The CES 2015 hype train has just begun and HP was one of the big companies to show off their products at 2015’s first tech conventions. This year, the company is showing off a slew of upcoming display at a range of high-end resolutions as well as a completely new virtual reality display. Read on for more details on each of HP’s CES 2015 reveals.

4K Monitors

HP has unveiled a duo of new 4K monitors scheduled to come out this year. The first one is a 23.8-inch display called the Z24s which, with its 4K resolution, gives it a pretty high pixel density of 185ppi. The second one, the Z27s, measures 27 inches and features a slightly lower pixel density of 163ppi. Both monitors run at a 16:9 aspect ratio and come equipped with four USB 3.0 ports and a combination of HMDI, Mini DisplayPort, and other forms of input. We can’t really say how popular these displays are going to be as 4K content is still a bit away from becoming mainstream but these are some of the most affordable 4K display we’ve come across so they’re still worth watching out for. The Z24s will be available later this year in April at an SRP of $549 while the larger Z27s will start showing up on store shelves and online retailers later this month for $749.

1and2-25K Monitor

It looks like 2015 will the year HP comes out with its first 5K monitor. Called the Z27q, it’s a 27-inch, 5k resolution, 16:9 display aspect ratio display with a pixel density of 218ppi. The company didn’t divulge what the monitor’s actual resolution will be but it’s safe to assume that it should be 5120 x 2880 pixels. Like its 4K counterparts, the Z27q will also come equipped with four USB 3.0 ports and a slew of other inputs. There’s not a lot of things one can do to maximize the use of a 5K monitor as even 4K content, as previously mentioned, is still on the rise but it’s good to see that HP is continuing to progress and expand its product line-up. This new model will be available sometime in March for an SRP of $1,299.

Curved Display

Every other tech company is coming out with curved displays for their monitors so it shouldn’t be a surprise that HP showed off their latest curved display at CES 2015. The Envy 34c features a 34-inch display with a screen resolution of 3440 x 1440 pixels and an aspect ratio of 21:9. Other specifications of HP’s latest curved display include 178-degree viewing angles and a contrast ratio of 3000:1 as well as a new feature the company is calling “low-haze enhancement technology” which should reduce the displays reflectiveness whilst improving clarity. Along with the standard set of inputs, the Envy 34c also comes with a pair of built-in speakers on either side of the unit. The new curved display will be available around April for $999.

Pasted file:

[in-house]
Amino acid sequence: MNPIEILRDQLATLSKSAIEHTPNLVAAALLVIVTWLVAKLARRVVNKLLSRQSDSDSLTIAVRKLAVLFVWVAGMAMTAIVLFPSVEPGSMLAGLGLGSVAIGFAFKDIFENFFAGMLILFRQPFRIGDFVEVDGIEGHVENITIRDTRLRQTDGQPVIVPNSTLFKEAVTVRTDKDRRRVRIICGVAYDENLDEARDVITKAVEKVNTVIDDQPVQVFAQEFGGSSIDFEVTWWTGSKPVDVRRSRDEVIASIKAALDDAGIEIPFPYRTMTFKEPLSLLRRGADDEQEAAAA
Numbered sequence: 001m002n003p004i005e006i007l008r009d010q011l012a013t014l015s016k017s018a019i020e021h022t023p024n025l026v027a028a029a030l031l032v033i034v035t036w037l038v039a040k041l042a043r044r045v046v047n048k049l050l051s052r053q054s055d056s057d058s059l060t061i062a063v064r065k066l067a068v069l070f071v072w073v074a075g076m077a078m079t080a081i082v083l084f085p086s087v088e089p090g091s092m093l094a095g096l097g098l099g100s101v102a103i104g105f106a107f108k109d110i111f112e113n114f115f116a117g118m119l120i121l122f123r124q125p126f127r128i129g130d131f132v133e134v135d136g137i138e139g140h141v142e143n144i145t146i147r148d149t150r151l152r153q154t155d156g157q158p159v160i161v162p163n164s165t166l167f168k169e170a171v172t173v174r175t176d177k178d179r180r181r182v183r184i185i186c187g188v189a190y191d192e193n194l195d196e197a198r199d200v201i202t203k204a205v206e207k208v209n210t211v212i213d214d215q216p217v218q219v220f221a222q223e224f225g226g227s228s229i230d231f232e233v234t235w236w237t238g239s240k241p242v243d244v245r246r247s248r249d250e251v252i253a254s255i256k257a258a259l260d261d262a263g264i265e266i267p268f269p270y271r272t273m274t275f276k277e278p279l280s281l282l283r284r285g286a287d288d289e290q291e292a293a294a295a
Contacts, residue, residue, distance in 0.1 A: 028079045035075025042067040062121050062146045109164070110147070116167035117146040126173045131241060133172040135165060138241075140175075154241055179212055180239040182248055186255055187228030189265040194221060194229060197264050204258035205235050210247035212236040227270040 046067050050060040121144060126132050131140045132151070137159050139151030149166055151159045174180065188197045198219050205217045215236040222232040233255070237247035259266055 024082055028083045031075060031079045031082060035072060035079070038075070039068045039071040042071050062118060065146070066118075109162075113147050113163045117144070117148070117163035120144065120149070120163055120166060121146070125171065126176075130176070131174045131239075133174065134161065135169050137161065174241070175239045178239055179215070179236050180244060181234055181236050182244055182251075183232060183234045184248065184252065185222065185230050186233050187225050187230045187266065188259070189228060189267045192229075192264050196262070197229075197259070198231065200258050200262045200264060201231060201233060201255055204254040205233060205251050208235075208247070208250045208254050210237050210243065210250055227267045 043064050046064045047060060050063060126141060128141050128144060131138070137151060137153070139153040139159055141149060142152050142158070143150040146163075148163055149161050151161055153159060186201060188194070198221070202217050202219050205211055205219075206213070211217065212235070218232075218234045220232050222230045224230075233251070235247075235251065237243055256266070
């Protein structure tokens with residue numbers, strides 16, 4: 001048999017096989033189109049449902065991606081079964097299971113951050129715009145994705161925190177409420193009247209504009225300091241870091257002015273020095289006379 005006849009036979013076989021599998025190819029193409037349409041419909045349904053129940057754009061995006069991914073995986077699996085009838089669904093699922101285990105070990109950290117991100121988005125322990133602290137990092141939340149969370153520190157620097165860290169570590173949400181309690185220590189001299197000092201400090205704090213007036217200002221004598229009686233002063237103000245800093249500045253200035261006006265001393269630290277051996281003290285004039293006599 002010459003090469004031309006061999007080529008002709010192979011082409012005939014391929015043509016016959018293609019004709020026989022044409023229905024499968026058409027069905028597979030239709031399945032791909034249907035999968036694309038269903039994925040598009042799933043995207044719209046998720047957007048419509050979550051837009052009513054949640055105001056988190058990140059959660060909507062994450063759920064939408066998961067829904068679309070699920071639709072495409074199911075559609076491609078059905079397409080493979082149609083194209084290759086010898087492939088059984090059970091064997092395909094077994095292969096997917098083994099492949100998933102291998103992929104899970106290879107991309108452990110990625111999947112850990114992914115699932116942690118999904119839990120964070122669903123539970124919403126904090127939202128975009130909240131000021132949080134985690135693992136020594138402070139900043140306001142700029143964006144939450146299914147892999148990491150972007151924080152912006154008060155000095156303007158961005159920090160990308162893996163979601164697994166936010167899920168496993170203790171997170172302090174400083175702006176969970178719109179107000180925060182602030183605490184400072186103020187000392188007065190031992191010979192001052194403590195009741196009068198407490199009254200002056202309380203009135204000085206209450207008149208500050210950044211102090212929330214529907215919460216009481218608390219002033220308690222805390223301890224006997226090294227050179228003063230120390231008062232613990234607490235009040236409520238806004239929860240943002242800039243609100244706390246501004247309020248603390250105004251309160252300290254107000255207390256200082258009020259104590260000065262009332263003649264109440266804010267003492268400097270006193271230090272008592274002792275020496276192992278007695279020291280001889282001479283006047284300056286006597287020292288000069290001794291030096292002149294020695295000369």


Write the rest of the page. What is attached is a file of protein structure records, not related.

3and4-2Virtual Reality

The highlight of HP’s showcase this year at CES 2015 is definitely its new virtual reality display. Dubbed as the HP Zvr Virtual Reality Display, the new monitor is a combination of a 3D monitor, a head tracker, and stylus input technology to create what the company calls “virtual holographic 3D images” that the user can manipulate using the stylus. With the Zvr, users will be able to “grab” a floating 3D model and manipulate it. The internals of the Zvr include a 120Hz TN panel with a display resolution of 1920 x 1080 pixels which, if you consider their other products at the event, seem lackluster but it’s the virtual reality feature that the company is really focusing on. Additionally, the Zvr is equipped with DVI and DisplayPort 1.2 inputs. Sadly, consumers won’t be experiencing the Zvr’s technology in their homes anytime soon as the company is positioning the new virtual reality display for commercial applications initially hence the company didn’t reveal the price of the HP Zvr but did mention that it will be available sometime in Spring 2015.

About The Author

Martin Patiño
Executive Editor/Editor-in-Chief, Will Work For Games

Martin is a freelance writer and website developer. A former editor for publications like PC World and Computerworld, he now spends his time writing for his own blog, producing and hosting a YouTube show, playing video games, or watching anime.